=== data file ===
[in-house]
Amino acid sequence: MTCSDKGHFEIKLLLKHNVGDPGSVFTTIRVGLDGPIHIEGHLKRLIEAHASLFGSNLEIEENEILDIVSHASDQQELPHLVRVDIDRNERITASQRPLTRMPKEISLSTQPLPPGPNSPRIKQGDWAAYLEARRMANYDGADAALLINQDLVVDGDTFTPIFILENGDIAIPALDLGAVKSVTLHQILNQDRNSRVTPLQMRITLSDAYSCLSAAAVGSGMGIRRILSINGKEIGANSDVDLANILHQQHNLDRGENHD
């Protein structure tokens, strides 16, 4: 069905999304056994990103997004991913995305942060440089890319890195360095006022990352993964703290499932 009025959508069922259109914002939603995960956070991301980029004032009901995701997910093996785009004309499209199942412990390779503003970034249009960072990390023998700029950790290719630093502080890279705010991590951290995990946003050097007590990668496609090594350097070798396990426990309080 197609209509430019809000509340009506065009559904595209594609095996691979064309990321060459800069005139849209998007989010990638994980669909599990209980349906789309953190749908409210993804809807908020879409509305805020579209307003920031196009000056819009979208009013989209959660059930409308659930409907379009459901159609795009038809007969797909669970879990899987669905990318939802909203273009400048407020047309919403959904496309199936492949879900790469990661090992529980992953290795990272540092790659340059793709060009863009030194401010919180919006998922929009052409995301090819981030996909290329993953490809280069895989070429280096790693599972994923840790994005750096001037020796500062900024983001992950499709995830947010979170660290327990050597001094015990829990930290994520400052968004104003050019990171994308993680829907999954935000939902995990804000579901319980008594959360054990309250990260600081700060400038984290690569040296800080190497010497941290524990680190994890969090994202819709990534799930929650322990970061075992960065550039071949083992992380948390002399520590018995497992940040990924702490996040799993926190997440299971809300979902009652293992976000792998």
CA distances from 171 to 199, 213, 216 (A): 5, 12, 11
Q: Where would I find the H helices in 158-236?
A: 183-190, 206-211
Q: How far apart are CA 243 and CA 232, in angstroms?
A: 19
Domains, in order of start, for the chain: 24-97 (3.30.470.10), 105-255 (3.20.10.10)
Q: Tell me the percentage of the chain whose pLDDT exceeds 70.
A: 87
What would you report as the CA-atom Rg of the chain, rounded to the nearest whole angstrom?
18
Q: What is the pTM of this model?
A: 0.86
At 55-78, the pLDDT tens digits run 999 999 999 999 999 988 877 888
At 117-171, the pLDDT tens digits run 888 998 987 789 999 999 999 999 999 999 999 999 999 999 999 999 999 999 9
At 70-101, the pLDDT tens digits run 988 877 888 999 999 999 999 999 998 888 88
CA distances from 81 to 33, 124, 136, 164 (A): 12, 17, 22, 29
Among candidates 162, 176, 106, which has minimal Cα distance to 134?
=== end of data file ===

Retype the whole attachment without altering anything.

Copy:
[in-house]
Amino acid sequence: MTCSDKGHFEIKLLLKHNVGDPGSVFTTIRVGLDGPIHIEGHLKRLIEAHASLFGSNLEIEENEILDIVSHASDQQELPHLVRVDIDRNERITASQRPLTRMPKEISLSTQPLPPGPNSPRIKQGDWAAYLEARRMANYDGADAALLINQDLVVDGDTFTPIFILENGDIAIPALDLGAVKSVTLHQILNQDRNSRVTPLQMRITLSDAYSCLSAAAVGSGMGIRRILSINGKEIGANSDVDLANILHQQHNLDRGENHD
């Protein structure tokens, strides 16, 4: 069905999304056994990103997004991913995305942060440089890319890195360095006022990352993964703290499932 009025959508069922259109914002939603995960956070991301980029004032009901995701997910093996785009004309499209199942412990390779503003970034249009960072990390023998700029950790290719630093502080890279705010991590951290995990946003050097007590990668496609090594350097070798396990426990309080 197609209509430019809000509340009506065009559904595209594609095996691979064309990321060459800069005139849209998007989010990638994980669909599990209980349906789309953190749908409210993804809807908020879409509305805020579209307003920031196009000056819009979208009013989209959660059930409308659930409907379009459901159609795009038809007969797909669970879990899987669905990318939802909203273009400048407020047309919403959904496309199936492949879900790469990661090992529980992953290795990272540092790659340059793709060009863009030194401010919180919006998922929009052409995301090819981030996909290329993953490809280069895989070429280096790693599972994923840790994005750096001037020796500062900024983001992950499709995830947010979170660290327990050597001094015990829990930290994520400052968004104003050019990171994308993680829907999954935000939902995990804000579901319980008594959360054990309250990260600081700060400038984290690569040296800080190497010497941290524990680190994890969090994202819709990534799930929650322990970061075992960065550039071949083992992380948390002399520590018995497992940040990924702490996040799993926190997440299971809300979902009652293992976000792998």
CA distances from 171 to 199, 213, 216 (A): 5, 12, 11
Q: Where would I find the H helices in 158-236?
A: 183-190, 206-211
Q: How far apart are CA 243 and CA 232, in angstroms?
A: 19
Domains, in order of start, for the chain: 24-97 (3.30.470.10), 105-255 (3.20.10.10)
Q: Tell me the percentage of the chain whose pLDDT exceeds 70.
A: 87
What would you report as the CA-atom Rg of the chain, rounded to the nearest whole angstrom?
18
Q: What is the pTM of this model?
A: 0.86
At 55-78, the pLDDT tens digits run 999 999 999 999 999 988 877 888
At 117-171, the pLDDT tens digits run 888 998 987 789 999 999 999 999 999 999 999 999 999 999 999 999 999 999 9
At 70-101, the pLDDT tens digits run 988 877 888 999 999 999 999 999 998 888 88
CA distances from 81 to 33, 124, 136, 164 (A): 12, 17, 22, 29
Among candidates 162, 176, 106, which has minimal Cα distance to 134?